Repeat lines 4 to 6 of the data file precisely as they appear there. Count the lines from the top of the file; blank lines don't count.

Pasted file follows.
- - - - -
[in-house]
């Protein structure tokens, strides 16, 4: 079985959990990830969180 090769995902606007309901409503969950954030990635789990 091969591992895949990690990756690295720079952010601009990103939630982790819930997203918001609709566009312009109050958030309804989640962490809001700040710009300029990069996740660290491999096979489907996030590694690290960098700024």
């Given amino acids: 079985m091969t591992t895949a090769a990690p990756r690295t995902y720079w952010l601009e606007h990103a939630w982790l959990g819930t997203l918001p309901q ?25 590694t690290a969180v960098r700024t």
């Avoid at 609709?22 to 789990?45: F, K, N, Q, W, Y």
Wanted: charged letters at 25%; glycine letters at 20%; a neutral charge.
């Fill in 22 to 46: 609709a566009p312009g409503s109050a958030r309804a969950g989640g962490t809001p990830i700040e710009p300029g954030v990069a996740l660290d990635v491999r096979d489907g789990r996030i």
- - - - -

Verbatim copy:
């Avoid at 609709?22 to 789990?45: F, K, N, Q, W, Y």
Wanted: charged letters at 25%; glycine letters at 20%; a neutral charge.
């Fill in 22 to 46: 609709a566009p312009g409503s109050a958030r309804a969950g989640g962490t809001p990830i700040e710009p300029g954030v990069a996740l660290d990635v491999r096979d489907g789990r996030i």